You have chosen to define senseless by its least common use: insensate or unconscious. I, and I suspect most, understand senseless in this context to mean both "lacking or deficient in sense" and "foolish and stupid." If, as you suggest, President Obama is using senseless to suggest that the acts were the product of insanity, perhaps using your chosen meaning, then I would find his comments to be unwarranted and objectionable given the lack of any evidence on this point.

The remainder of your post should be unpopular for the same reason. With no information about the actors or planners, you have announced that this terrible, foolish, idiotic, (and senseless?) act has the "hallmarks of Jihad." There's little to no evidence for such an assertion. Solo actors (e.g., Atlanta in 1996) and groups of many different stripes (IRA, McVeigh & Co., Weather Underground) have undertaken similar missions. Without more evidence, a more cautious approach is warranted.

Even assuming the acts were orchestrated and perpetrated by religious extremists who call their own acts "Jihad," your post should be unpopular. By using "Jihad," you have implicitly accepted the extremists' repurposing of Jihad, a disservice to the overwhelming majority of Muslims and to Islam. It needlessly accepts the extremists' hateful and inaccurate narrative of the United States and Christianity being at war with Islam and acknowledges Jihad, as the extremists have distorted it, as a response. I reject this narrative, and I assume you do, too.

Thus, I think you should reconsider your rush to tie the acts to a particular ideology and use of the term "Jihad."

A few points.

-- I am unconcerned about popularity. Were it otherwise, I would not have chosen to spend much of my career as a federal prosecutor -- a job quite unpopular with a certain element.

-- I have used "senseless" in its ordinary, everyday meaning, to wit, making no sense. But this attack makes plenty of sense to those who planned it, and we had best understand that if we aim to be effective in counteracting them.

-- The bombing was not foolish, idiotic or stupid. Those terms might be applied to some drunken fraternity prank, sure. To apply them to this calculated atrocity is to stretch beyond the breaking point seeking to minimize it. Why do you want to do that? To induce complacency?

-- Jihad operates in exactly the manner of this bombing. It closely resembles Jihadist attacks on Israeli market places, schools and bus stops. It was also launched, as were the 9-11 Jihadist attacks, on a nationally prominent symbol. If you're missing this, it's because you want to miss it.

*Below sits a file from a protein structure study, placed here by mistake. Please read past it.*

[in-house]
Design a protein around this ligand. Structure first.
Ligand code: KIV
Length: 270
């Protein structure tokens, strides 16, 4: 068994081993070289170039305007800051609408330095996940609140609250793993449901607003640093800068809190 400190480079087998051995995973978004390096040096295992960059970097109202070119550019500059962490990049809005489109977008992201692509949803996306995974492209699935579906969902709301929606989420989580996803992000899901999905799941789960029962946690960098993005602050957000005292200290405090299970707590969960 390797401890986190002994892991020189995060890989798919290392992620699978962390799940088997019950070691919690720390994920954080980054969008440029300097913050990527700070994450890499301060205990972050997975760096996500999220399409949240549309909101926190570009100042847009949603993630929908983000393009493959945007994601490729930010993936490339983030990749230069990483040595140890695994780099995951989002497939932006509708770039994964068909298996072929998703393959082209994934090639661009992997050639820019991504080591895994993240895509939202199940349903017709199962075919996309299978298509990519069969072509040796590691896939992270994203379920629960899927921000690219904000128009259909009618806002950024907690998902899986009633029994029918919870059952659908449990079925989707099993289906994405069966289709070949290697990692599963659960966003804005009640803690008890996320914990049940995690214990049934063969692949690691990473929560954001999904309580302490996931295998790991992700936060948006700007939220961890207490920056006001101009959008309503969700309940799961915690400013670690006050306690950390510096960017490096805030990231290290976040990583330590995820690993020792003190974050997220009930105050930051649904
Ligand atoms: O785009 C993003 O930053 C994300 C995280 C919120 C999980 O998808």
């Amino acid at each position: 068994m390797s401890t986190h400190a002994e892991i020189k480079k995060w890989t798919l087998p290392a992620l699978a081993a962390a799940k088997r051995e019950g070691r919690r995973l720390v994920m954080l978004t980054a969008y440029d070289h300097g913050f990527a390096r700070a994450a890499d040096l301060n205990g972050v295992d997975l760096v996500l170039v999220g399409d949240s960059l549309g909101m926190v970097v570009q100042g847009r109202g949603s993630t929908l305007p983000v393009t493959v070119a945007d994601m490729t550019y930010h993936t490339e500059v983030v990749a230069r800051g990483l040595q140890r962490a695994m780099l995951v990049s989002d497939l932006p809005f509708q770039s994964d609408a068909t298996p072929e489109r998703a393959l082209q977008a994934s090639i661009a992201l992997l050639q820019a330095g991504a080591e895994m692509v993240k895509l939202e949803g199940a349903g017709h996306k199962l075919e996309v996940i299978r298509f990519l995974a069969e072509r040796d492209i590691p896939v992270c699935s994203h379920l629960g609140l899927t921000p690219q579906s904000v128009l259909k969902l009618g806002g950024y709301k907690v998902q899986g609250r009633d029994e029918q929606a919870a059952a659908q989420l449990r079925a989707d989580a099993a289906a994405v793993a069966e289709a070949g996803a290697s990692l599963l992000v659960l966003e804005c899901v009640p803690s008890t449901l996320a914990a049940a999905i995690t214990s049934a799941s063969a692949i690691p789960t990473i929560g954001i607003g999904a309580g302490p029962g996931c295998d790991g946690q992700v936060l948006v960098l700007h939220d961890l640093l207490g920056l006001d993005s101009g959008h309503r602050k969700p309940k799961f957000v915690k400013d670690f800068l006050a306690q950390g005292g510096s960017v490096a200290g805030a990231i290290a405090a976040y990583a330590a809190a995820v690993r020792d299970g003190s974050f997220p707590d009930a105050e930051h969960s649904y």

-- Andy McCarthy of National Review Online has done a tremendous job of explaining the meaning of Jihad. I can't possibly go into all of it now, but essentially it is a holy war against infidels, defined by Islam to mean anyone who isn't Muslim.

-- Almost 12 years after 9-11, it's late in the day to pretend that radical Islam is not a deadly enemy of the United States. I said in the post that I don't know right now (as no one but the bombers do) who pulled this off. If it turns out not to be Jihadists, what that will mean is that we have something else to exterminate beyond Jihadism, not that we can become complacent or soft-headed.

-- This blog is not about religion. But I'm not going to overlook that religious fanaticism is a deadly threat. I agree that most Muslims want to live in peace and safety, as all of us do, but "most" isn't "all," and the ones engaged in terror attacks belong in the death chamber (as, for example, does Maj. Hasan, beard or no beard).

Not that it really matters all that much, it is unlikely this incident was related to radical Islam. The purpose of terror is to know who did it. If the real culprit is never known, it won't further Islamic fundamentalist objectives. That is my two cents.

I am not very religious, so I don't really care which version of the Near Eastern Storm God people worship, so terms like "jihad" and "islamic fundamentalist" don't really mean much to me than any other terrorist. I'm much more worried about the crackpots in charge in North Korea.

Islamic fundamentalist objectives are furthered whenever their cowardly acts shatter America's sense of security and public order. Best estimates are that their ranks total 80 million worldwide. Their willingness to kill and maim innocents make them an omnipresent threat to our security.